Advertisers on Facebooks Audience Network will no longer have to worry that theyre paying for users who accidentally clicked on their ads.
Im betting weve all had moments where we were scrolling or swiping or clicking through a website/mobile app and we ended up clicking on an ad without really meaning to. (Those moments probably outnumber the times Ive intentionally clicked on an ad.)
So Product Marketing Manager Brett Vogel said Facebook wont be charging for those clicks in its Audience Network (where Facebook runs ads in other apps), and those clicks wont be included in the metrics shared with advertisers and publishers.
Facebook is sorting out unintentional clicks by discounting instances where a user bounces back after two seconds or less. After all, if you clicked on an ad and then immediately clicked back, you probably didnt care about the ad.
Still, Vogel said the two-second threshold is a starting point that Facebook can adjust if necessary.
Publishers may worry that this change could hurt their bottom line, but Vogel said the vast majority will not be affected, because their ads arent driving a significant number of unintentional clicks. He added that Facebook is making the change for the good of the ecosystem.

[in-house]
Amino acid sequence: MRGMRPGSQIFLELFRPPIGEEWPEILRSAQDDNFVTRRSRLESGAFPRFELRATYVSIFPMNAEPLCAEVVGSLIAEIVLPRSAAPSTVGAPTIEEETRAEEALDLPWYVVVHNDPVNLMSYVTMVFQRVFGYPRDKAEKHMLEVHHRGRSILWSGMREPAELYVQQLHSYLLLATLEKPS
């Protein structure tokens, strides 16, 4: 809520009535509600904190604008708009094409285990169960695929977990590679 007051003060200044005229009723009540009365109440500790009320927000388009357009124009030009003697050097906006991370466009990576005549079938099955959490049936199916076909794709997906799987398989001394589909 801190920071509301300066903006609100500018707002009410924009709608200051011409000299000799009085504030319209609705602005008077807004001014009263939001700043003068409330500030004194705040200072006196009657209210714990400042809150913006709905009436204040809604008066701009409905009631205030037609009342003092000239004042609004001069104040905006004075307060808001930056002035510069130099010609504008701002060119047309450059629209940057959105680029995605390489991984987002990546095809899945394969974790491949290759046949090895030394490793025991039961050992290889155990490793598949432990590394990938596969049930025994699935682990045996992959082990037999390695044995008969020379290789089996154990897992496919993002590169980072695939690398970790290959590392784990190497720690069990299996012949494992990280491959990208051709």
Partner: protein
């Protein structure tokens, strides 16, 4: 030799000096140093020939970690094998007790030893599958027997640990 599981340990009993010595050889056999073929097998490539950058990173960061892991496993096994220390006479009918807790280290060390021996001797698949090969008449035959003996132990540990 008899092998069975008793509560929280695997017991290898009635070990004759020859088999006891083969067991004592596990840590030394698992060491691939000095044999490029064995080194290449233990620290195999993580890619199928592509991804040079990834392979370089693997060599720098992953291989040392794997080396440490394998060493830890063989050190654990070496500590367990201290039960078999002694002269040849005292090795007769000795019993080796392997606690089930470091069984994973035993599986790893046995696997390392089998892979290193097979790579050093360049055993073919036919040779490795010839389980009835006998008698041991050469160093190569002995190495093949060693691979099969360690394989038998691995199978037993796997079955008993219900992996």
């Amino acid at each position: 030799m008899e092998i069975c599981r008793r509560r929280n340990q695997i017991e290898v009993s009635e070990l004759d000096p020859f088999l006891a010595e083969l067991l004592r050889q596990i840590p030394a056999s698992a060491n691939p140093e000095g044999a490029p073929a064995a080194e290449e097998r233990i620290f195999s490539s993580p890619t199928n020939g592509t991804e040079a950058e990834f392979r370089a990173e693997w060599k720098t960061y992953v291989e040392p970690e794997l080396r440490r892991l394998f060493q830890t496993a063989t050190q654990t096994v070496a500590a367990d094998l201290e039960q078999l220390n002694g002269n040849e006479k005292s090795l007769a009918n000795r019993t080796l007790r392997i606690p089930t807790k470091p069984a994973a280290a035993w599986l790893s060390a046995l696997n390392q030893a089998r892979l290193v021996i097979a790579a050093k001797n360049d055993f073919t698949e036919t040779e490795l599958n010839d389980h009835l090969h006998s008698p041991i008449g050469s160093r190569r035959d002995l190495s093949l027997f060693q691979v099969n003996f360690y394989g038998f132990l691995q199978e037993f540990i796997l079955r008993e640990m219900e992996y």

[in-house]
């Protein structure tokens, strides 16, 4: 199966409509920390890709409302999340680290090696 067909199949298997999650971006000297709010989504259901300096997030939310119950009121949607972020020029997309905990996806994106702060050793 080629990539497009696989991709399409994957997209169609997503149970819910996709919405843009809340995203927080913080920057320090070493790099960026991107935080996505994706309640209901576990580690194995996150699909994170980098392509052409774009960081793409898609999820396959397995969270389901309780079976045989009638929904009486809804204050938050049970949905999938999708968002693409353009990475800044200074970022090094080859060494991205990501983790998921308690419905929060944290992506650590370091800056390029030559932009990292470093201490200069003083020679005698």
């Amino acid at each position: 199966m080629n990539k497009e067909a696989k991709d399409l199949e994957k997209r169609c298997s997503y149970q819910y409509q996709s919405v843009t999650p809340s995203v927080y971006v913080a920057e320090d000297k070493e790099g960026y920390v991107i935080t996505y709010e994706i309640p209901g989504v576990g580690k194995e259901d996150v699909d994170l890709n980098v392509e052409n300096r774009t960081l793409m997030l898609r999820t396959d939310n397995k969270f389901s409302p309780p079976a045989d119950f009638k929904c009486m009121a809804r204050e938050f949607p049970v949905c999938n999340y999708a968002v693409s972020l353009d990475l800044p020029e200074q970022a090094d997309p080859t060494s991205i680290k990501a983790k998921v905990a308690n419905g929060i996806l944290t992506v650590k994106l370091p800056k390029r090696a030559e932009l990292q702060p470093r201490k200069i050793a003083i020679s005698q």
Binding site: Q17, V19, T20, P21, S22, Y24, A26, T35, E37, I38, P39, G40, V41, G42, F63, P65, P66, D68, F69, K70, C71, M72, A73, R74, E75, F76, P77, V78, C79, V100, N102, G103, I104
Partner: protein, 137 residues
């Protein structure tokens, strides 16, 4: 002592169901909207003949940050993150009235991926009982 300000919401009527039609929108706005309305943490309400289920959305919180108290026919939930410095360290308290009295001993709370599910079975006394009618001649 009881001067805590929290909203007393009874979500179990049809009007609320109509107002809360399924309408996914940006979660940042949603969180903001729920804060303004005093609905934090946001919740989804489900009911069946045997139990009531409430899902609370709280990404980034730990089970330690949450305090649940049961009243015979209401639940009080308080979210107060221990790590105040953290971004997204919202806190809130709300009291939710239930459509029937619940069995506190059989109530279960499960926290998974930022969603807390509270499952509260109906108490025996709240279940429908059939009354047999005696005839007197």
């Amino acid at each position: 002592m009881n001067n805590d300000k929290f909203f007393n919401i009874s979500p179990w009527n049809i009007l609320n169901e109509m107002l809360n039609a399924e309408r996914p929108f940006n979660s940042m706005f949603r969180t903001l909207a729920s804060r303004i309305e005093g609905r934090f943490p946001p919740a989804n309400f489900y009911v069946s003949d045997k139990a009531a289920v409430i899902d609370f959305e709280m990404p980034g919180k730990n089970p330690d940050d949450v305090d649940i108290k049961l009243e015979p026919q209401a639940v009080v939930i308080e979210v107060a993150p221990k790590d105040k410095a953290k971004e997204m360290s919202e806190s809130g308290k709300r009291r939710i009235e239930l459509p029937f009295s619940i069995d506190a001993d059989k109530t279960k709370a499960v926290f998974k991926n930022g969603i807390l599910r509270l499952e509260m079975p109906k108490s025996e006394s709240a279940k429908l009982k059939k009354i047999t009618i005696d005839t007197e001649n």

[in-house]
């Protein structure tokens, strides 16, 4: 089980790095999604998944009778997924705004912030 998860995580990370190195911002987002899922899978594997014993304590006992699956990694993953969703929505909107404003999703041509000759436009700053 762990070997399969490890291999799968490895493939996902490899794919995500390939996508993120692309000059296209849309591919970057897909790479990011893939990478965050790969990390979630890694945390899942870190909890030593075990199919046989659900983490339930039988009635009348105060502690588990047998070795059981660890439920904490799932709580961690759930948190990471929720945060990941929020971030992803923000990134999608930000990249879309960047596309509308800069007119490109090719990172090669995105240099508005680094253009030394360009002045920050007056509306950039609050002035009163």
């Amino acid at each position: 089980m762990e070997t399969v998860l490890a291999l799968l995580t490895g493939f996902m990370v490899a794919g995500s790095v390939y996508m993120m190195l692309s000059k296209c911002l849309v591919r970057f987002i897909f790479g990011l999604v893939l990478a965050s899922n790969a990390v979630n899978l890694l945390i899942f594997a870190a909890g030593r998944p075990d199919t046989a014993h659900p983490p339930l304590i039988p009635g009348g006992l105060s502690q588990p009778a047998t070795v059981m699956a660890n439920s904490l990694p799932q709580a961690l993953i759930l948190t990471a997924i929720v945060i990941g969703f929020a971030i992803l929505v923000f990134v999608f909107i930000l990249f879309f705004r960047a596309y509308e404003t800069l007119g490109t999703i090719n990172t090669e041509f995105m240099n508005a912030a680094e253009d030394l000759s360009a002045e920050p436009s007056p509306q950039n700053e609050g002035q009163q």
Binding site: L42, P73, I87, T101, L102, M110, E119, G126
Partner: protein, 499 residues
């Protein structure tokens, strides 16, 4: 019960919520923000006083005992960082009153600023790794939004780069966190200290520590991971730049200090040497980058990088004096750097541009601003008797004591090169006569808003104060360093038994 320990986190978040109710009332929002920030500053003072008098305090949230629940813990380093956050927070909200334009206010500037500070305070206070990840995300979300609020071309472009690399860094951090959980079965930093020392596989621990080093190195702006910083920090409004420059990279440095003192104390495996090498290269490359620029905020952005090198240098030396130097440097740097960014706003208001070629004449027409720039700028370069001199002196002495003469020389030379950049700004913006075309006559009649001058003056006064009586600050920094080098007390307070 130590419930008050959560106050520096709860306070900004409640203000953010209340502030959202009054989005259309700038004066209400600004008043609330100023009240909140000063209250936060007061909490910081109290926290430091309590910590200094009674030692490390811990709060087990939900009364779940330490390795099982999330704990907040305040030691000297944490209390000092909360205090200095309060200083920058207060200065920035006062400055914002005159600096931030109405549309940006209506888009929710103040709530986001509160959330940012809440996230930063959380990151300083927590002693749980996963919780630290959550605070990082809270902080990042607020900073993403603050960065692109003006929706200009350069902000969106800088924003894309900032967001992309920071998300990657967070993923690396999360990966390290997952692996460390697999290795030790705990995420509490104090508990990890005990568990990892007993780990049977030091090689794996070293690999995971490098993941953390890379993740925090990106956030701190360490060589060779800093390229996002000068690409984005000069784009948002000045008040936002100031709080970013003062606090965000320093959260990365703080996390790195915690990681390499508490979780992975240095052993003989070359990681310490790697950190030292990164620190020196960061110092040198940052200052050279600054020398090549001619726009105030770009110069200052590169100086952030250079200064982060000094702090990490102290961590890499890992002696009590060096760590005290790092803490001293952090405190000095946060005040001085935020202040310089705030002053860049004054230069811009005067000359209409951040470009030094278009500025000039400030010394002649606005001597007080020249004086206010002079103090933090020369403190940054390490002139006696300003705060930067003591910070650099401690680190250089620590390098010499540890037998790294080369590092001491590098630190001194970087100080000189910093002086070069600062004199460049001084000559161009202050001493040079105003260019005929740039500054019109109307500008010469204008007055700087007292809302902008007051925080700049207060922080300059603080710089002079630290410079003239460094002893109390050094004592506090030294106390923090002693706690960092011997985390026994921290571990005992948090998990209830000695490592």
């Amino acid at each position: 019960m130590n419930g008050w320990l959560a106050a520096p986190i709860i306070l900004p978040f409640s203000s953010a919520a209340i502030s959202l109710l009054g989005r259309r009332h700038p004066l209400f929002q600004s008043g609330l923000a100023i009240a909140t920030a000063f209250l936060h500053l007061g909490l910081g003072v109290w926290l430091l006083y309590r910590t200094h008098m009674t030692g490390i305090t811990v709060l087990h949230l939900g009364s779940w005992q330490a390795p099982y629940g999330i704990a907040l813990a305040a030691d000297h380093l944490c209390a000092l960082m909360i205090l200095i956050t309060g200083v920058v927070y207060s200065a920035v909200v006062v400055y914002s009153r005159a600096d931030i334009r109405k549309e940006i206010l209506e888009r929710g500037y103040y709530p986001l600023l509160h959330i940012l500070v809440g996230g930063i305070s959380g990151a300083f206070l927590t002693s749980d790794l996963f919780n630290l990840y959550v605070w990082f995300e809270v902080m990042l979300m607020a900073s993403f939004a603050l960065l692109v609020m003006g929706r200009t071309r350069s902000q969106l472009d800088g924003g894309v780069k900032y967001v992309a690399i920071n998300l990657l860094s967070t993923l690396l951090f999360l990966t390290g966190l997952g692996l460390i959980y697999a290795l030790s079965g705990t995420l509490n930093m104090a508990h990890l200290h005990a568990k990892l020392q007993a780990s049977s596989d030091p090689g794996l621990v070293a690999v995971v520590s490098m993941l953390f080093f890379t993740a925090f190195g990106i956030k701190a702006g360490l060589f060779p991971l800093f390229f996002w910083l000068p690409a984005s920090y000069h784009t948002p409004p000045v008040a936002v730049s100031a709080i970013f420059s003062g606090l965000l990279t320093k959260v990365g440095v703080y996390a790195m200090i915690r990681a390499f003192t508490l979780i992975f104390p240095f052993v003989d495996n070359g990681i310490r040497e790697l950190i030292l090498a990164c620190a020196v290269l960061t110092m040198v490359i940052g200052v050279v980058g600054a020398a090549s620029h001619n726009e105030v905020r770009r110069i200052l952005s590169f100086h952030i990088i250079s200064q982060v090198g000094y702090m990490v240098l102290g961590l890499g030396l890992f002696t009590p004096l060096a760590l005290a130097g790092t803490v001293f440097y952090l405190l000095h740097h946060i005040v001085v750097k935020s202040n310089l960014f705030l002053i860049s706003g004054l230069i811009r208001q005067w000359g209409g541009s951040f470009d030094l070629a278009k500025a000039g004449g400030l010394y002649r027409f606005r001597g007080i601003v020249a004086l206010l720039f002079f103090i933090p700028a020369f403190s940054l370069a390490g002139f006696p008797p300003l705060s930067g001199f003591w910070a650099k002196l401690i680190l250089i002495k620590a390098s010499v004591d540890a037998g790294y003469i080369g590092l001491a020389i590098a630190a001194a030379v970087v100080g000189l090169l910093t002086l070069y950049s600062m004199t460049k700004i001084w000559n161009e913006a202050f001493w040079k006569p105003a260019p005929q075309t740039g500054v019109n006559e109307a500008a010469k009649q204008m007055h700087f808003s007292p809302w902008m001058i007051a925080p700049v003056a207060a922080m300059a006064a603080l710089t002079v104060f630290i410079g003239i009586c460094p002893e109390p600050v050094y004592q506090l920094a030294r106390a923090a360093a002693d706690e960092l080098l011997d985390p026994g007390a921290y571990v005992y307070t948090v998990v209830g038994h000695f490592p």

Unintentional clicks end up delivering really poor experiences for people and advertisers, he said. Its not a good path for publishers to build sustainable businesses.
In addition, Facebook is also announcing that its making new ad metrics available (its been making a broader push around this).
Those metrics including gross impressions, a number that combines billable impressions with non-billable impressions advertisers arent paying for things like non-human traffic, but some of them have still asked to see the numbers. Facebook is also adding auto-refresh impressions (those are ad impressions for banners on the right-hand side) and gross auto-refresh impressions.